20 Therefore, if you died with Christ from the basic principles of the world, why, as though living in the world, do you subject yourselves to regulations— 21 “Do not touch, do not taste, do not handle,” 22 which all concern things which perish with the using—according to the commandments and doctrines of men?” (Colossians 2:20–22, NKJV)
The gospel of God calls sinners out of the world’s darkness into the light of fellowship with Christ (1 Pet. 2:9; 1 Cor. 1:9). The gospel calls us to no longer live according to the wisdom and will of the world, but by the truth of Christ (Jno. 8:31-32). Yet, just as in the first century, Christians must continue to be warned not to be ruled by the religious regulations of men. It is not God’s will that humanly devised expectations are bound upon people as if they were God’s will (1 Tim. 4:1-3). The “commandments and doctrines of men” have often taken the form of creeds and confessions through the ages, resulting in Protestant denominations. The inspired Scriptures are sufficient to define and regulate our lives (2 Tim. 3:16-17; 2 Pet. 1:3). Yet, literally billions of souls religiously obligate themselves to things that “perish with the using.” Instead of this, obligate yourself to God’s word. It purifies the soul, it is incorruptible, and it abides forever (1 Pet. 1:22-25).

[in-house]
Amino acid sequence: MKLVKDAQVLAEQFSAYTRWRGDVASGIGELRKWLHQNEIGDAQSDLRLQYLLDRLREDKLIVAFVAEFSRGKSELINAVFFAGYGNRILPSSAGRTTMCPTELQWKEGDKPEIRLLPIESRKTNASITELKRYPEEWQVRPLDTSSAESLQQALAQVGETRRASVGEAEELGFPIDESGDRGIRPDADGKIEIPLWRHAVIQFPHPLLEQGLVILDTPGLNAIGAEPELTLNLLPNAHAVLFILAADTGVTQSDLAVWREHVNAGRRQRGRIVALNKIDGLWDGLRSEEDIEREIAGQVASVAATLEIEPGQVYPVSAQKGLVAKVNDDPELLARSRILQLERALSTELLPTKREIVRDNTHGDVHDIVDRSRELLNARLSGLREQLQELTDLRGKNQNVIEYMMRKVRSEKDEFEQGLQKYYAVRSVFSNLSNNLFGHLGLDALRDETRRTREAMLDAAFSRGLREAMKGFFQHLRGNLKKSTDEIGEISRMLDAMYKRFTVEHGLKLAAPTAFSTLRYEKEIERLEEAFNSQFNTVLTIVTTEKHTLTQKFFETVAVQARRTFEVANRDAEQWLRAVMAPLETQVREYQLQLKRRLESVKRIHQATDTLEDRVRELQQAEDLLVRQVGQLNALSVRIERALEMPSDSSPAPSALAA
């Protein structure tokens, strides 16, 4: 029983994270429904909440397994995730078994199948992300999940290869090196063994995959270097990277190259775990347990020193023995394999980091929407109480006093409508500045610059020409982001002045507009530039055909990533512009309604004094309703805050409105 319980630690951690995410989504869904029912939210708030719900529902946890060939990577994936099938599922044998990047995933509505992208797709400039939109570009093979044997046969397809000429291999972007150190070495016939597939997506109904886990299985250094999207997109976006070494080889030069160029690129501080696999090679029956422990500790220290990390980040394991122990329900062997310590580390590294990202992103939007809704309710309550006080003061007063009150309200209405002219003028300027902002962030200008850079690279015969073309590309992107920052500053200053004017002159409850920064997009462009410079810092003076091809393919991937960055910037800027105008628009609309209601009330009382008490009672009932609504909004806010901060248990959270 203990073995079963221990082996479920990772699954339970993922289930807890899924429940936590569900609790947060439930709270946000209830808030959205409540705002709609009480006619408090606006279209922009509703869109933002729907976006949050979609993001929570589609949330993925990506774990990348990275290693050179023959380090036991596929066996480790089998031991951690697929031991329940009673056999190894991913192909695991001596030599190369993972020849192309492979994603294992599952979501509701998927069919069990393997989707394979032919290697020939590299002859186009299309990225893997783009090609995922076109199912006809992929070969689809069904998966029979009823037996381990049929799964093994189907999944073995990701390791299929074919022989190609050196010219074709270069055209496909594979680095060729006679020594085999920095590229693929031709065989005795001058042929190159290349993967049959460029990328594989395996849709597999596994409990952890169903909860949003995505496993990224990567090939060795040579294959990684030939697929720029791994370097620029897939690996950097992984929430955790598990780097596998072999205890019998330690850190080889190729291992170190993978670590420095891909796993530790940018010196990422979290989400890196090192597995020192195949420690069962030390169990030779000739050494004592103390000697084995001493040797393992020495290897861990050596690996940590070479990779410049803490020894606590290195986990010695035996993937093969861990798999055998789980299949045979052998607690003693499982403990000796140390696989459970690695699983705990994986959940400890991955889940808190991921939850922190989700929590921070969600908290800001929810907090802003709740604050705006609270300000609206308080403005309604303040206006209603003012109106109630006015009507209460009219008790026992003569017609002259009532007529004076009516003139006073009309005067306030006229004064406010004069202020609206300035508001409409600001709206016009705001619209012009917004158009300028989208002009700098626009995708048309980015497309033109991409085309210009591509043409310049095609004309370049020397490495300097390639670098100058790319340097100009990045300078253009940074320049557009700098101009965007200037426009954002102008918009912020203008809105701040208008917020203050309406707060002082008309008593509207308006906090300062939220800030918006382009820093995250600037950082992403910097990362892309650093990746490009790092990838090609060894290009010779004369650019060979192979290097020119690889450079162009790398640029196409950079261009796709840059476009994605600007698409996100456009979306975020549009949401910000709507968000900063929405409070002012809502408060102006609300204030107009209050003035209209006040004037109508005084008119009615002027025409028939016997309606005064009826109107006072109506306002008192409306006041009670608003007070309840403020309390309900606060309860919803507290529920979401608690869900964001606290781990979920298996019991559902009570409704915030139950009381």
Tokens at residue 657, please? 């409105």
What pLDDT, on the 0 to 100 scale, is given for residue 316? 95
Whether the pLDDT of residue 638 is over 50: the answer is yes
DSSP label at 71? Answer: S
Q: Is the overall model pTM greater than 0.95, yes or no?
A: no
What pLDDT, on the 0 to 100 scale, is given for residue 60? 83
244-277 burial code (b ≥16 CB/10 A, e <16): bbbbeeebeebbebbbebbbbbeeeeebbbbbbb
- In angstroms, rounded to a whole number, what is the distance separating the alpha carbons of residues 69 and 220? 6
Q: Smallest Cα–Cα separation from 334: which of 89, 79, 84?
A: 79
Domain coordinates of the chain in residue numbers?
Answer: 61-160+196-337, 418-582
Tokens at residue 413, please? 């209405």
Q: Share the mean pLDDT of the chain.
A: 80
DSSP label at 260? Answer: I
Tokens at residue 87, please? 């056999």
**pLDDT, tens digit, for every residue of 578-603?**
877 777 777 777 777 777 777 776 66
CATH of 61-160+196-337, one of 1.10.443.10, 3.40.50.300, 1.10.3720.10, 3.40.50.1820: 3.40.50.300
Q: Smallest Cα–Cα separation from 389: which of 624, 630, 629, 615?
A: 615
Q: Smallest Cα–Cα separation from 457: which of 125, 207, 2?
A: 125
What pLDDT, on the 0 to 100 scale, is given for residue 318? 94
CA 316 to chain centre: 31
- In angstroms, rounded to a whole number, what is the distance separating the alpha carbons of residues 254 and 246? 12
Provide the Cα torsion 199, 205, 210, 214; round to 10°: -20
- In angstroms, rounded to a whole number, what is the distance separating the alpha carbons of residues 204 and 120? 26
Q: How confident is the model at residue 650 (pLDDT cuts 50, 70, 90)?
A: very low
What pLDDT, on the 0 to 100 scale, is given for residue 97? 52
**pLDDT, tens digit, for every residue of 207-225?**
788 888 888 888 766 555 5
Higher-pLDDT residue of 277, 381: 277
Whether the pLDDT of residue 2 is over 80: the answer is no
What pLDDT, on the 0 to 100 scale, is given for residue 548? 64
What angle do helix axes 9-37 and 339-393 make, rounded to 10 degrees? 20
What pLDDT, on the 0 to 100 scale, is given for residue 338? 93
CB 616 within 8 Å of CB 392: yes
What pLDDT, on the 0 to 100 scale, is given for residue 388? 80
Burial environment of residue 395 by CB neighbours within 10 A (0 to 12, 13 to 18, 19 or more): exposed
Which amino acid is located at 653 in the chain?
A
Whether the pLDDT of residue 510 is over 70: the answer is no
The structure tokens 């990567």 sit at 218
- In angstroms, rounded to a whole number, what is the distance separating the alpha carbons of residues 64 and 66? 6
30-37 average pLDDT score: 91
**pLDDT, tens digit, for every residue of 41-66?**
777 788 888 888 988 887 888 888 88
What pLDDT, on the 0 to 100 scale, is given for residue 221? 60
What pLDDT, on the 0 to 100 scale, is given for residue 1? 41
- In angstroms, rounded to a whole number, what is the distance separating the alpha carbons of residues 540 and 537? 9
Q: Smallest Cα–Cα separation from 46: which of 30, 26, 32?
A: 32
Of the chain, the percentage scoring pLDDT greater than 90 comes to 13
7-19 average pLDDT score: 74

19 Now, therefore, you are no longer strangers and foreigners, but fellow citizens with the saints and members of the household of God, 20 having been built on the foundation of the apostles and prophets, Jesus Christ Himself being the chief cornerstone, 21 in whom the whole building, being fitted together, grows into a holy temple in the Lord, 22 in whom you also are being built together for a dwelling place of God in the Spirit. (Ephesians 2:19–22, NKJV)
Zealously justifying division into hundreds and hundreds of different churches with opposing doctrines, worship practices and polity, Protestant denominationalism says the church is comprised of many churches (denominations). Today’s passage shows the Scriptural futility and error of this rationale. The household of God (the church) is the “whole building” that is “fitted together” to form “a holy temple of the Lord” (v. 19-21). God has one temple, one church. God’s temple is not a collection of many temples (different denominations), it is built of “living stones” (Christians, 1 Peter 2:5). Christians, not denominations, constitute the temple in which God dwells. Instead of defending unity in moral and doctrinal diversity (which is the essence of denominationalism), we urge our religious friends to choose the divine wisdom of unity in truth (John 17:20-21). Just as God has one temple, even so there is one church that belongs to Christ to which the saved are added (Matthew 16:18; Acts 2:47). Additional churches are of men, not of God.